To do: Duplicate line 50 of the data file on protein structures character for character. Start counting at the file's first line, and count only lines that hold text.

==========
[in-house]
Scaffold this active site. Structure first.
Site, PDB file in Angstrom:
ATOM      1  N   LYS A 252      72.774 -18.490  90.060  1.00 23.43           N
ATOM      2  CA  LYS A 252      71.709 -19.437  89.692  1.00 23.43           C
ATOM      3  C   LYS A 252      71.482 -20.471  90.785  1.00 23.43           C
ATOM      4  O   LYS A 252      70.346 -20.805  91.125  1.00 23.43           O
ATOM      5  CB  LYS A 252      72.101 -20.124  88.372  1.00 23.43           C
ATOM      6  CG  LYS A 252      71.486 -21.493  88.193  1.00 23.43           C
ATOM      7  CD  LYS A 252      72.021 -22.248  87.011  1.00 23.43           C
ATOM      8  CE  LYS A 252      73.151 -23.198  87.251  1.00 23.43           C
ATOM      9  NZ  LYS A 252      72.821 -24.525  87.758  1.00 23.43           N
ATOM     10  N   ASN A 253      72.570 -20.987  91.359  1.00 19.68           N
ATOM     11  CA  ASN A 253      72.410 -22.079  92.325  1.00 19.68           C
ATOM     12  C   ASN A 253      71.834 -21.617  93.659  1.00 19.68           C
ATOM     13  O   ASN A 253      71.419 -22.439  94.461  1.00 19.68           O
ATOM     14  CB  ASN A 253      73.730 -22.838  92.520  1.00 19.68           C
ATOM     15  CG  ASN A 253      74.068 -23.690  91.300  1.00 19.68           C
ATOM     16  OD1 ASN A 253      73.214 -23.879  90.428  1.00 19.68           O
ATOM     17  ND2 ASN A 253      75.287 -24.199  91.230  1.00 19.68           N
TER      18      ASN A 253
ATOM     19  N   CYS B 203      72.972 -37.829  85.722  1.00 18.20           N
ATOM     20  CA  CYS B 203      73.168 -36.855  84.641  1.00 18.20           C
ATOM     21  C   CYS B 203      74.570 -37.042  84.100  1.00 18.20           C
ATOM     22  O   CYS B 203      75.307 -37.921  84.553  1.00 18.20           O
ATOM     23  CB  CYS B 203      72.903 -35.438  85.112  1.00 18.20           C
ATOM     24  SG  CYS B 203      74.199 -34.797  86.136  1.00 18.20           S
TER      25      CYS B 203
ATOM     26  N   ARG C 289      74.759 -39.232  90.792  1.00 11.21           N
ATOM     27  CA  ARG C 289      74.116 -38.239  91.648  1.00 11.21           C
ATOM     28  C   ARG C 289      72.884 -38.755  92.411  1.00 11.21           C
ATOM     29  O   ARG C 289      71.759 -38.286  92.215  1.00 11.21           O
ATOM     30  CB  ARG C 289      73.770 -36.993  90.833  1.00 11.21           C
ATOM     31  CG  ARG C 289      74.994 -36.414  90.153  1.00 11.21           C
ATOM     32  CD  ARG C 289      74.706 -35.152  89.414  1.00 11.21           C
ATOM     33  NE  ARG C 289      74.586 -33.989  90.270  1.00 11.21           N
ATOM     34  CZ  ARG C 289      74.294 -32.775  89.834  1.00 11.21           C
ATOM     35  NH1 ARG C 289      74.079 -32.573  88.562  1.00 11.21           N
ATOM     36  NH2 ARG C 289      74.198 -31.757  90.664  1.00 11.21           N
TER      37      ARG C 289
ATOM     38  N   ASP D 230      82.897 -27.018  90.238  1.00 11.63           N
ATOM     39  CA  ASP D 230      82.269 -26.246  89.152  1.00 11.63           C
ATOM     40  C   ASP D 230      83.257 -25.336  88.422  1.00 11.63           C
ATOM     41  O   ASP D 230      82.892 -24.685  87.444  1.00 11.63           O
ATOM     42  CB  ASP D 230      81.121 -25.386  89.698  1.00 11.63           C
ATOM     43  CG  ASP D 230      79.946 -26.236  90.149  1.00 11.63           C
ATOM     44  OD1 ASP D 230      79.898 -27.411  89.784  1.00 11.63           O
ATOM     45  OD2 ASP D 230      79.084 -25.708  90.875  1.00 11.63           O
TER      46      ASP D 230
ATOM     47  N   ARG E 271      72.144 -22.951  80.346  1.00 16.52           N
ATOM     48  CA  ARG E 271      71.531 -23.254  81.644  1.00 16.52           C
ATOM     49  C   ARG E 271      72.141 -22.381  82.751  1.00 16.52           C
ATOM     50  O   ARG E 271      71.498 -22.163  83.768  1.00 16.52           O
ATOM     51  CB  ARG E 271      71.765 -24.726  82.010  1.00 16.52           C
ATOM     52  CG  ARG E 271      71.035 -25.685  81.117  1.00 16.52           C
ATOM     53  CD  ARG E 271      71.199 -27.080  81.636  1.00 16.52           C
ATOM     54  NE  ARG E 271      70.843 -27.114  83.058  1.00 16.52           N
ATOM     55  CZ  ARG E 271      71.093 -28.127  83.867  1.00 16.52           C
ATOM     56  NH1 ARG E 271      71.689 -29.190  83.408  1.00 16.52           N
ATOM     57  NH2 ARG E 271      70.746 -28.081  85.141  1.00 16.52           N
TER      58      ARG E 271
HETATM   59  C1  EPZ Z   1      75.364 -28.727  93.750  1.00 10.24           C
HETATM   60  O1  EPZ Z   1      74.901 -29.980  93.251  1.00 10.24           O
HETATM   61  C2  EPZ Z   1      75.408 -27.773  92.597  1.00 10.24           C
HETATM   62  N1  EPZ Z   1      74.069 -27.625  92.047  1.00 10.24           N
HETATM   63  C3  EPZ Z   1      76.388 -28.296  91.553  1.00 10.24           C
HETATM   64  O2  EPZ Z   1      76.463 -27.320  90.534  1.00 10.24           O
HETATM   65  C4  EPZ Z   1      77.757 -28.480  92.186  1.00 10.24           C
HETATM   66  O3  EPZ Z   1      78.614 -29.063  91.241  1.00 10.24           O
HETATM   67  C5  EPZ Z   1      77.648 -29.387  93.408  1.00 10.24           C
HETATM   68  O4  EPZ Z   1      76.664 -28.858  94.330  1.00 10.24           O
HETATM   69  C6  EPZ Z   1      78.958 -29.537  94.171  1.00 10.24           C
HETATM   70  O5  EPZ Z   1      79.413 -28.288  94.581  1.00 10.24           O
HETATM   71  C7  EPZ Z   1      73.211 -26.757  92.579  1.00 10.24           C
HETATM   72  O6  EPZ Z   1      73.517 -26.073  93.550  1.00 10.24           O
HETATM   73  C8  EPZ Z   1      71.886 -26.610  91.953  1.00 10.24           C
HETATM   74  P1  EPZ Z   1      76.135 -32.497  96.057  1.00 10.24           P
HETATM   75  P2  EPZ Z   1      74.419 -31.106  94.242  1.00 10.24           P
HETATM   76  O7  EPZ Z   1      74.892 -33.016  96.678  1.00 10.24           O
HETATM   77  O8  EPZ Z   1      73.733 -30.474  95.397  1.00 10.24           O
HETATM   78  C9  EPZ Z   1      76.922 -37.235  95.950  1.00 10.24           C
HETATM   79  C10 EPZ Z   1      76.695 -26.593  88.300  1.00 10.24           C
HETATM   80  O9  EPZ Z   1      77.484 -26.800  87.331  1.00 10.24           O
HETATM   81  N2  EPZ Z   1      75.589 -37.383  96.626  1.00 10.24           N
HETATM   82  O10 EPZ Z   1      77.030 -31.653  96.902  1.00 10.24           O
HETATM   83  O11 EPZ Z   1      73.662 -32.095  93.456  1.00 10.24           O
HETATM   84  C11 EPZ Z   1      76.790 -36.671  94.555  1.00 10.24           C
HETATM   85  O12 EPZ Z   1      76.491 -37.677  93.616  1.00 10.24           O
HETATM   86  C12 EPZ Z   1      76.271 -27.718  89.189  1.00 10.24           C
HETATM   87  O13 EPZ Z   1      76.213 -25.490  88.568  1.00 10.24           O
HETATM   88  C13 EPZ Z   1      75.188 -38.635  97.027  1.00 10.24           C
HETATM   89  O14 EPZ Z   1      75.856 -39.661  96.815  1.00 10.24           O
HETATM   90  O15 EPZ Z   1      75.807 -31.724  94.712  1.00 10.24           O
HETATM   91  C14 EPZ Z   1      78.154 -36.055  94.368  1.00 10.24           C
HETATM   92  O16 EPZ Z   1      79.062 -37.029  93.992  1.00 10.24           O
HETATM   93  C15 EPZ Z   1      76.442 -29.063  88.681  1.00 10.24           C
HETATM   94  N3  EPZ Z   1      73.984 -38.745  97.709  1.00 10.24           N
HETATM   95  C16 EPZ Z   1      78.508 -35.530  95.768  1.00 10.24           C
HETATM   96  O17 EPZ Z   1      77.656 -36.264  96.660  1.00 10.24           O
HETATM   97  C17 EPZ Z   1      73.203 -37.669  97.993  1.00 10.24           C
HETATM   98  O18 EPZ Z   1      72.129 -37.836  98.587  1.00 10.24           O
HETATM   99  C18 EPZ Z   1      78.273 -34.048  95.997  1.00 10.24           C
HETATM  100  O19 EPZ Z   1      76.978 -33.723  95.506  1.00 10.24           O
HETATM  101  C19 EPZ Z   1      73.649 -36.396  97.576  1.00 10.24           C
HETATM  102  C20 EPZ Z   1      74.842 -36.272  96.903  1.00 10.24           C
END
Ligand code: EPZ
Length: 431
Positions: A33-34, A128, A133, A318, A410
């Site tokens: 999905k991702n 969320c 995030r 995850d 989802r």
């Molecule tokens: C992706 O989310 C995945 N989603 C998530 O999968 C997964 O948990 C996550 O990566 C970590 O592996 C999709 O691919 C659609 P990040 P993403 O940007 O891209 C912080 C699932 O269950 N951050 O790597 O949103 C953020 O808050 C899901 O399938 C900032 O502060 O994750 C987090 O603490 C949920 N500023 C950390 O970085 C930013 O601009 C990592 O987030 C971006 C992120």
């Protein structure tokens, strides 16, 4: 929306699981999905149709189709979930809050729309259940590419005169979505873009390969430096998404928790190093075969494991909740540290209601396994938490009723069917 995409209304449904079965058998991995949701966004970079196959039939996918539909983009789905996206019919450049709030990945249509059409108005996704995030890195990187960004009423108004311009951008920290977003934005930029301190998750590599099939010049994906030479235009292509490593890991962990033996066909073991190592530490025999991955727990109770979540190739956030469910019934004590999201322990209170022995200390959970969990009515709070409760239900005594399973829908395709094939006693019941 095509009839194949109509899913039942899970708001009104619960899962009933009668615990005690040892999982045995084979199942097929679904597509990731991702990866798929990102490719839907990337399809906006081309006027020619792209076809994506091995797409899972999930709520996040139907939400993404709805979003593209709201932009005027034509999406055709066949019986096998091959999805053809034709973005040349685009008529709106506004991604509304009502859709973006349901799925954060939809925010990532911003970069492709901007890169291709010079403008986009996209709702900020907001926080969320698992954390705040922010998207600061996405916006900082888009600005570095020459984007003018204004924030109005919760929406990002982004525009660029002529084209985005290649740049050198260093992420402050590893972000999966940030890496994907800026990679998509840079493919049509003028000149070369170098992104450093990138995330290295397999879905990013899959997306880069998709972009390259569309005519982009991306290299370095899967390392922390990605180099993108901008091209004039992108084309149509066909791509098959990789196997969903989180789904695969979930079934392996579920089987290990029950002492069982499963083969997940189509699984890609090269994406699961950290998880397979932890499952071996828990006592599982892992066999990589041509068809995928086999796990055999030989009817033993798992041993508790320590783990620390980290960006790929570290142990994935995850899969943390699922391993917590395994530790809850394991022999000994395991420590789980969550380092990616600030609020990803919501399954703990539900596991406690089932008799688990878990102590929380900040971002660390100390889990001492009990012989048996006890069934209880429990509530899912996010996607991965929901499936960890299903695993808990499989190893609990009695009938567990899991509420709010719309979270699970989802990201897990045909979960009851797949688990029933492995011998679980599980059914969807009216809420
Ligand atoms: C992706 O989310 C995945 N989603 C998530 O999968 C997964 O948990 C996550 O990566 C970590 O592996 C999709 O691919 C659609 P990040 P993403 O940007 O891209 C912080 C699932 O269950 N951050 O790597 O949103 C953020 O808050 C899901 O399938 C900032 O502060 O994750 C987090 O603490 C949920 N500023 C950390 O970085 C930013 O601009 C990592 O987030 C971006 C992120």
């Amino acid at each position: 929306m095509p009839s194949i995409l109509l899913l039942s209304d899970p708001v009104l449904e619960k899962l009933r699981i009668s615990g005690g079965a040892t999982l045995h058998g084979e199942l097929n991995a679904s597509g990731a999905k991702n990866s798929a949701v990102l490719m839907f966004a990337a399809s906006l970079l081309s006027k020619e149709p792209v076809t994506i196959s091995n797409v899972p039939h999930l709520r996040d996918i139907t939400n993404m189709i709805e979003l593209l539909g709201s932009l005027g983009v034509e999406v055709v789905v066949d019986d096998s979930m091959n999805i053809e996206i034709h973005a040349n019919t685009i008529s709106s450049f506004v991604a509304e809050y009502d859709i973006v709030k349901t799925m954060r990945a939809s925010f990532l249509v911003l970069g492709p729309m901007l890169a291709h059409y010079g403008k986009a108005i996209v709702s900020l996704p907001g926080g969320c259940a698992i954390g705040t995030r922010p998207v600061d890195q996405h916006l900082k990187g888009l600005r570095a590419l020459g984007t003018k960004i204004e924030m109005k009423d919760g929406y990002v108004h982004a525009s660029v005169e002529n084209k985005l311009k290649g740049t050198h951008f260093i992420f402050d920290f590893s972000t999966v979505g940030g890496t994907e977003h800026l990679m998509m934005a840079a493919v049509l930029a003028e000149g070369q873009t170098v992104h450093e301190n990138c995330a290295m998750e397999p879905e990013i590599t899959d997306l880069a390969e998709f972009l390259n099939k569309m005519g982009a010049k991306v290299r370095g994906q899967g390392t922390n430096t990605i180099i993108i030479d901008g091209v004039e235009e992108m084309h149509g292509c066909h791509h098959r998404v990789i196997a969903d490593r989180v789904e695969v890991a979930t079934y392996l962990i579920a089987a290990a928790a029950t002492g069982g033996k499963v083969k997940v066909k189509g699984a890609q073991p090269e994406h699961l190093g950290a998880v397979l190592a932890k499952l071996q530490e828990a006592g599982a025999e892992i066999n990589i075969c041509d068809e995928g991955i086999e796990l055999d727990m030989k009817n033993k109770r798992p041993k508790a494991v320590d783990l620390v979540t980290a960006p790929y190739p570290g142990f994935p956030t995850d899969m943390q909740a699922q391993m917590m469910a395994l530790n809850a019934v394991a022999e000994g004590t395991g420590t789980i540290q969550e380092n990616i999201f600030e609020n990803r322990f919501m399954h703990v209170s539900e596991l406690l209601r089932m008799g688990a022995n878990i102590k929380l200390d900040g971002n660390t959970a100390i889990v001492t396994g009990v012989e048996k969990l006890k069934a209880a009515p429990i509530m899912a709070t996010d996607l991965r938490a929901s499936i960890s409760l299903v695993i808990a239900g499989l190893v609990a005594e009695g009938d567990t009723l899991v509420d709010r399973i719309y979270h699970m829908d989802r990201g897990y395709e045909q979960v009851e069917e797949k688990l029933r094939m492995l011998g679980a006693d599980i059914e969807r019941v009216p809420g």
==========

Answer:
ATOM     47  N   ARG E 271      72.144 -22.951  80.346  1.00 16.52           N